Athens, 1913, the capital of a country on the brink of war. The new Greek prime minister, Venizelos, tired of the Ottoman overlords, has what he calls the Great Idea - a vision of a new Greece that unites all the Greek people scattered around the Mediterranean. Not such a great idea, in the view of other countries, among them Britain, which believes in letting sleeping dogs lie. And cats. Including the one recently poisoned in Athens and which belonged to the exiled former Sultan.
Unfortunately, as is the way with the Balkans, rumours start flying around; one being that this was a sighting shot for the ex-Sultan himself. This, in the Balkans, could start a war and so Britain has to sit up and take notice. Something has to be done. Fast. And - please, urge the diplomats - low-key. The lowest key of all is to send out a police officer from Scotland Yard to investigate, and, as it happens, the Foreign Office has a person in mind: Seymour, of the CID, who has had some experience of this sort of thing before . . .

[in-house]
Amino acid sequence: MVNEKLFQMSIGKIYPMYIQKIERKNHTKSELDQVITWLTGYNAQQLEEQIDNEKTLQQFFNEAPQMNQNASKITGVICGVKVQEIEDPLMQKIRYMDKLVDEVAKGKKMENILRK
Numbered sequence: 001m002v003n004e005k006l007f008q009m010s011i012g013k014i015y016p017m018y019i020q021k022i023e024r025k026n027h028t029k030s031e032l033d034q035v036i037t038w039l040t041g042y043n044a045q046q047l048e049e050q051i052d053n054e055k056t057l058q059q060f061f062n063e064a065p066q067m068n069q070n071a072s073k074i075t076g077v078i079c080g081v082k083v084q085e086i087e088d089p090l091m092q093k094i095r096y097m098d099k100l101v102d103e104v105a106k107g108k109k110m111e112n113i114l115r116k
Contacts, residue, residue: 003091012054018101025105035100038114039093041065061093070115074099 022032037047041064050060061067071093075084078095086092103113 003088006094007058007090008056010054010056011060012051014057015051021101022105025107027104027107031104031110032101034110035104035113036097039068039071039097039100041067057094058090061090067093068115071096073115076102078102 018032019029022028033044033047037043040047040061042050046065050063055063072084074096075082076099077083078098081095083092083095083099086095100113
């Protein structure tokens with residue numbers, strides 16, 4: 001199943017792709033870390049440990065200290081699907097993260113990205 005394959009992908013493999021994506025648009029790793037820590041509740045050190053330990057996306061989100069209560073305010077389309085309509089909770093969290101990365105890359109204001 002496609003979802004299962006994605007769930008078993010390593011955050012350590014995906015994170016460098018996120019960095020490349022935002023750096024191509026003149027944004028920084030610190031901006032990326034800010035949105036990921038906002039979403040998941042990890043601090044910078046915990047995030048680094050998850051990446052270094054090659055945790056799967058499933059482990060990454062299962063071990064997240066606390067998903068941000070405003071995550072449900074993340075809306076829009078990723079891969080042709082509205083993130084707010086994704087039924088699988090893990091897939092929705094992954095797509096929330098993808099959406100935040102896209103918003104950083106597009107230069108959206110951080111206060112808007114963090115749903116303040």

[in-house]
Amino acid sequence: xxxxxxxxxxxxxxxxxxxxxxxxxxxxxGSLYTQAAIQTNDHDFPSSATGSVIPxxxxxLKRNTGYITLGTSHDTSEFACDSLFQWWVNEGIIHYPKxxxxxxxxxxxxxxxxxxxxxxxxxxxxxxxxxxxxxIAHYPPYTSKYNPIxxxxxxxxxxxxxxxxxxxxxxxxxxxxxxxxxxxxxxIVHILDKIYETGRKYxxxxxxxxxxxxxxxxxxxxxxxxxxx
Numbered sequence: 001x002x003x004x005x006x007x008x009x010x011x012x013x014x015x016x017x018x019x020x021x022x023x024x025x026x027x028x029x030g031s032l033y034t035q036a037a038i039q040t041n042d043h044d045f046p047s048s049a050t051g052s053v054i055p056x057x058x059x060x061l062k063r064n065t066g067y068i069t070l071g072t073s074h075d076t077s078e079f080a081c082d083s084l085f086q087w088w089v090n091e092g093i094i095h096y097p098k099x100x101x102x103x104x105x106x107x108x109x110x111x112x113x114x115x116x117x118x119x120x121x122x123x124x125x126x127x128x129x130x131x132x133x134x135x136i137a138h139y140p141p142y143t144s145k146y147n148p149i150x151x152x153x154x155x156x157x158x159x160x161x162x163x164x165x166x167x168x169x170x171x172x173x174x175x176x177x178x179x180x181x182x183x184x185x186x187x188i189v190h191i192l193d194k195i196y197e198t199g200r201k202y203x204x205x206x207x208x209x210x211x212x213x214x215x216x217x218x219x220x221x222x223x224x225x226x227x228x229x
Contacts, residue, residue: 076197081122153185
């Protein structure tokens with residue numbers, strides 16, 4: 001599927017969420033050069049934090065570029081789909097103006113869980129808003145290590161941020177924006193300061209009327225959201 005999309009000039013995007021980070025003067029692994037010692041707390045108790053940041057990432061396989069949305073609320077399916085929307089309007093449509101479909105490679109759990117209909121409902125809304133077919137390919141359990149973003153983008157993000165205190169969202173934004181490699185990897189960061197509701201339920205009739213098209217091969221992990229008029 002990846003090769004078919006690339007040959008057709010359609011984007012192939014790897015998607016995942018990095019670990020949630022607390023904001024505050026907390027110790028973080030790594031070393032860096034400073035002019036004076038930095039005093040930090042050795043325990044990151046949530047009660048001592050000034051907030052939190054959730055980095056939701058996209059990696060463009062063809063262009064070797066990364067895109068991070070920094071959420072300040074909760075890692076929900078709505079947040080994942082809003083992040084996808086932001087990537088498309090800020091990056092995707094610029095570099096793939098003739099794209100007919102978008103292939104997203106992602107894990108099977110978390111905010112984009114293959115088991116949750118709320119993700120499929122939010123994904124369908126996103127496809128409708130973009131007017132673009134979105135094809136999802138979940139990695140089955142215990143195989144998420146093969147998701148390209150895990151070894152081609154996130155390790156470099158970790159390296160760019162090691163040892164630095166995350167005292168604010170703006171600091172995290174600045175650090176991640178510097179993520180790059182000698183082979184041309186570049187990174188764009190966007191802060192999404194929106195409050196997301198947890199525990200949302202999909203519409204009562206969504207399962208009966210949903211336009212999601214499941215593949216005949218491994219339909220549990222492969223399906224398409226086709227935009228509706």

Praise for Michael Pearce's A Dead Man in . . . series
'The steady pace, atmospheric design, and detailed description re-create a complicated city. A recommended historical series' Library Journal
'Sheer fun' The Times
'His sympathetic portrayal of an unfamiliar culture, impeccable historical detail and entertaining dialogue make enjoyable reading' Sunday Telegraph